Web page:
Min error | 0.005 | 0 | 0.001 | 0.003 | 0.001 | 0.002 | 0.002 |

Average error | 0.012 | 0.004 | 0.011 | 0.023 | 0.009 | 0.011 | 0.016 |

. | R1 . | R 2 . | R 3 . | R 4 . | R 5 . | R 6 . | R 7 . |
---|---|---|---|---|---|---|---|

Max error | 0.021 | 0.016 | 0.030 | 0.048 | 0.019 | 0.022 | 0.029 |

Min error | 0.005 | 0 | 0.001 | 0.003 | 0.001 | 0.002 | 0.002 |

Average error | 0.012 | 0.004 | 0.011 | 0.023 | 0.009 | 0.011 | 0.016 |

In Table 4 the maximum relative error of the two models is less than 0.05. It shows that there is little error between the hydraulic simulation results of the two models. So it is feasible to use a modified model and pump combination database for calculation of objective values in the optimal process as a surrogate of the original hydraulic model.

From Figure 5 it can been seen that the hydraulic error objective converges to the feasible solution space rapidly and searches for better solutions in the feasible solution space. The transparent blue box defines the feasible solution space. In this space, the objective value of ‘hydraulic error between two optimal levels' is less than 1. This means that solutions found in this space all have feasible pump combinations for every reservior of WDS. Generally, after 30–40 generations evolution the average objective values can enter the feasible solution space, and use the rest of the evolving process to search the feasible solution space thoroughly. If considering the best solutions generated during the evolving process, some best solutions reach the feasible solution space much earlier than the average solutions, so the search process in the feasible solution space should start much earlier than the situation shown in Figure 5. This performance is a result of merged two-level optimization. By embedding the second optimal level into the first optimal level, the solutions without a feasible pump combination and solutions with poor hydraulic performances are eliminated in the initial generations of the evolving process, and lead the search direction to the feasible solution space. This prevents the possibility of generating unfeasible results in the whole optimal process.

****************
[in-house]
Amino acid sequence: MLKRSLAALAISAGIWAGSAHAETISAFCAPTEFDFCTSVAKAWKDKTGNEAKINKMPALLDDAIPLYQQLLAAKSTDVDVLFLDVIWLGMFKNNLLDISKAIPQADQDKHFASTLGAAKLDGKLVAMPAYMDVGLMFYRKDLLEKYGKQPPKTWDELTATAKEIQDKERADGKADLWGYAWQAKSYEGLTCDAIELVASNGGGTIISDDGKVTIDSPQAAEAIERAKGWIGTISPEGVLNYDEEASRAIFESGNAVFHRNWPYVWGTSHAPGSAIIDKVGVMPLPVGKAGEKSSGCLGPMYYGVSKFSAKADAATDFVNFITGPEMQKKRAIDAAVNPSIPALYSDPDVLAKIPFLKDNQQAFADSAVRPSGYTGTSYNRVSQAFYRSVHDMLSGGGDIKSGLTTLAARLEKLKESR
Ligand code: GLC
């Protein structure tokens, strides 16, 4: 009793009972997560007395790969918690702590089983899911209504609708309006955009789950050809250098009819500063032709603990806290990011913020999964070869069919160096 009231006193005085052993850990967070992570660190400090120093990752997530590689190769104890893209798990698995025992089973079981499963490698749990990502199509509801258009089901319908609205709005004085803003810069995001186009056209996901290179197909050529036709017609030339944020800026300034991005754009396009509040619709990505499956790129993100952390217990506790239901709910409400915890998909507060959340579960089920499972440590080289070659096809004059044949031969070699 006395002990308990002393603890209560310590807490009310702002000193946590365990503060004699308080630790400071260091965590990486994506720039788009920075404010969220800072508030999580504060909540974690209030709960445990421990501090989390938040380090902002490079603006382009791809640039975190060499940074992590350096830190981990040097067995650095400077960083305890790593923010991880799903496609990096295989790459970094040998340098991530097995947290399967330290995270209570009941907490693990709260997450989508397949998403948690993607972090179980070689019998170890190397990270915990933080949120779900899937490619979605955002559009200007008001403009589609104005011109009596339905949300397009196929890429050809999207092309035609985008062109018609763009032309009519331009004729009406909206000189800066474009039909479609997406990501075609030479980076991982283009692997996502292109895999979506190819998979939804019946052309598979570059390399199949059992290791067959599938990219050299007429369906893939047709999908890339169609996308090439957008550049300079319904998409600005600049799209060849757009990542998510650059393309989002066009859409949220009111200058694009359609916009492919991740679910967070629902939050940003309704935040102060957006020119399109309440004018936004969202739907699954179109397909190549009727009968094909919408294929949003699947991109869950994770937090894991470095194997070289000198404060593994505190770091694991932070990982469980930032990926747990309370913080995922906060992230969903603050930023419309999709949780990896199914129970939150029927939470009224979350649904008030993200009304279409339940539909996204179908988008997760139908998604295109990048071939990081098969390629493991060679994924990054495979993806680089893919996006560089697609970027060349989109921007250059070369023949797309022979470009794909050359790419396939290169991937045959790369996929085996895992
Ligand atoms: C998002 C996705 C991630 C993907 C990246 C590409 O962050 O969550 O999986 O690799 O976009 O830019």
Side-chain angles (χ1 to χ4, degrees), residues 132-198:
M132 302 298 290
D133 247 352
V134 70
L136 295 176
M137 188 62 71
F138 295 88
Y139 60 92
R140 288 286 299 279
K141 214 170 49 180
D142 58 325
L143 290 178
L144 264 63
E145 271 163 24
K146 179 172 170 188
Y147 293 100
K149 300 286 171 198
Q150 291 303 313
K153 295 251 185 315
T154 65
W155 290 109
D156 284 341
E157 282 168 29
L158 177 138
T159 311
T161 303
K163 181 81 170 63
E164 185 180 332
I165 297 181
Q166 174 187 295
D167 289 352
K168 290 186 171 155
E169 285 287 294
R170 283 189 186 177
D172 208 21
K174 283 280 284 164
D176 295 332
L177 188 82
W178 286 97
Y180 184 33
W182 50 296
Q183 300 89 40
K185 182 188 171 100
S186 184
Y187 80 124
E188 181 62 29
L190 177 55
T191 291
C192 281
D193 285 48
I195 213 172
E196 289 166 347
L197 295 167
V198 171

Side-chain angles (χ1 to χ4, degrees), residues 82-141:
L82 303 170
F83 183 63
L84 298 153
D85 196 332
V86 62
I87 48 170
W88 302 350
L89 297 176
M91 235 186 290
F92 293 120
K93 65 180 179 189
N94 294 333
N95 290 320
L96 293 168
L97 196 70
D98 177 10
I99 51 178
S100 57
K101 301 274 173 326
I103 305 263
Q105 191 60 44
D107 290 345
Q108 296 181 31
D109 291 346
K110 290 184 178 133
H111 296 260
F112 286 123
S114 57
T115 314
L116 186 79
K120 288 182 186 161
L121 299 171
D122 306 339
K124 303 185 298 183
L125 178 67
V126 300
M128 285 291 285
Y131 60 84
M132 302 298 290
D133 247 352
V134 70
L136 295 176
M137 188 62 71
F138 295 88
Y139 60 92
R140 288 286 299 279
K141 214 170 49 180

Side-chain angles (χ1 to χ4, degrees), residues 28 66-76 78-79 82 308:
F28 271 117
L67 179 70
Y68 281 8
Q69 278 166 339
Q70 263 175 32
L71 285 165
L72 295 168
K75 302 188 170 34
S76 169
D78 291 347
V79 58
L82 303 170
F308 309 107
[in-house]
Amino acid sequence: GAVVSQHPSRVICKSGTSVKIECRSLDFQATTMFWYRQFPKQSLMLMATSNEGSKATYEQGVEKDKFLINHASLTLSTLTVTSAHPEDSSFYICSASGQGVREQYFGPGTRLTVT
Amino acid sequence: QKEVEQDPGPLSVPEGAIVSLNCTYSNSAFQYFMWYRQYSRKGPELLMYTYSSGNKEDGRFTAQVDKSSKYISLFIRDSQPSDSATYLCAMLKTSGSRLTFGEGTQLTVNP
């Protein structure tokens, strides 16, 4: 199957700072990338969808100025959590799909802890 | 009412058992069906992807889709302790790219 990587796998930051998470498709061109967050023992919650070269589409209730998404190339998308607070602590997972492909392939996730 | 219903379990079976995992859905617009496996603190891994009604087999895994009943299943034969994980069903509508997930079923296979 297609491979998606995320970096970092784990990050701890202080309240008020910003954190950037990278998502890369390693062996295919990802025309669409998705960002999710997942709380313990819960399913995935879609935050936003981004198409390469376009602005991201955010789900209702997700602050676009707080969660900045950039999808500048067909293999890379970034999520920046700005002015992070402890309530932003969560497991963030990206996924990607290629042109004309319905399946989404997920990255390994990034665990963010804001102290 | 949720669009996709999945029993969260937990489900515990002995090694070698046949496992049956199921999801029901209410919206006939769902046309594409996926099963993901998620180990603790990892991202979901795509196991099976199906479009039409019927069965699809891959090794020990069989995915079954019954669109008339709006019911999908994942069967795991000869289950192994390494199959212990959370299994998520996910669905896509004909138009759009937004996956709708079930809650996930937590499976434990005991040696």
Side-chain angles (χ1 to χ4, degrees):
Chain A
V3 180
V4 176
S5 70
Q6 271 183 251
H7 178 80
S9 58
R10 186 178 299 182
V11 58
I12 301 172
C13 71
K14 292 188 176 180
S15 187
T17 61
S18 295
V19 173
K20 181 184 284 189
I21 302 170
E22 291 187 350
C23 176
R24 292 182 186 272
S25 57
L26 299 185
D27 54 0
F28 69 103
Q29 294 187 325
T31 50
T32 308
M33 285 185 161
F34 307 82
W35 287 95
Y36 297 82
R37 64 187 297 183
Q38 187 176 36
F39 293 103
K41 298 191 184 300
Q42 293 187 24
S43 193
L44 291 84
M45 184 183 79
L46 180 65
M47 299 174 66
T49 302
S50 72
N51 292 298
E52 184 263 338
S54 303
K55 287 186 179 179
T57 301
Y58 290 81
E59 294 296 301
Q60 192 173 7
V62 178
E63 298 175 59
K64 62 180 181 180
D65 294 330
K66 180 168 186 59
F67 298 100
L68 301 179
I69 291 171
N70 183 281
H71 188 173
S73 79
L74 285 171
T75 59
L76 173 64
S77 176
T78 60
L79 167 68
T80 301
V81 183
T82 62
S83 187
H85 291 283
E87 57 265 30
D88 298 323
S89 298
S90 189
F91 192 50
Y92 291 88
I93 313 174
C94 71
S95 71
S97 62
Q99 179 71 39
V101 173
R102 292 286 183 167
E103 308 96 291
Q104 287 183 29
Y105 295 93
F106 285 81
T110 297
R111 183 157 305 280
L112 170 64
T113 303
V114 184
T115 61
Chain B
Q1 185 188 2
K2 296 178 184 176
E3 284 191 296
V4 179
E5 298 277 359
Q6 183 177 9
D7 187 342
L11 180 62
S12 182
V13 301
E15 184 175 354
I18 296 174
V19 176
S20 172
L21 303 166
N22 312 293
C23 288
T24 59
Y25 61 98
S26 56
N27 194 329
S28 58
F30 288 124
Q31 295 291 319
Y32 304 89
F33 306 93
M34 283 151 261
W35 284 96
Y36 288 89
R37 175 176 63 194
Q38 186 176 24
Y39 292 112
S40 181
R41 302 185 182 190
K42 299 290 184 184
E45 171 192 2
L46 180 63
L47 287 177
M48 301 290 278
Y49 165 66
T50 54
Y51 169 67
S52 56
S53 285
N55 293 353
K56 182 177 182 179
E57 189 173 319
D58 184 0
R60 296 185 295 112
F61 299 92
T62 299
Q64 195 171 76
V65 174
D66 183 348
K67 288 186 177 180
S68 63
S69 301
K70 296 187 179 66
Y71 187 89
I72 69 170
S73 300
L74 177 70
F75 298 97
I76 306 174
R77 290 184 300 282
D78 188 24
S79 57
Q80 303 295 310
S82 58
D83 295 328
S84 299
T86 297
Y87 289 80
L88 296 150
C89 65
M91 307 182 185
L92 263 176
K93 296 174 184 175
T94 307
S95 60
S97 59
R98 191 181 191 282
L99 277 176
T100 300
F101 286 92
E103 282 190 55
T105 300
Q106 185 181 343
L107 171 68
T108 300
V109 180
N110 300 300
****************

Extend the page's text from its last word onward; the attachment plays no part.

The second concern is the quality of the optimal result. The quality of the optimal result can be evaluated from two aspects: electricity cost and hydraulic performance of WDS. A comparison between the optimized optimal pump schedules and the original pump schedule from the aspect of electricity cost is shown in Table 5.

Electricity cost of original pump schedule (￥) . | Electricity cost of optimal pump schedule (￥) . | Reduction ratio . | |
---|---|---|---|

86308 | Best | 79893 | 0.071 |

Average | 81262 | 0.056 | |

Worst | 82461 | 0.042 |

Electricity cost of original pump schedule (￥) . | Electricity cost of optimal pump schedule (￥) . | Reduction ratio . | |
---|---|---|---|

86308 | Best | 79893 | 0.071 |

Average | 81262 | 0.056 | |

Worst | 82461 | 0.042 |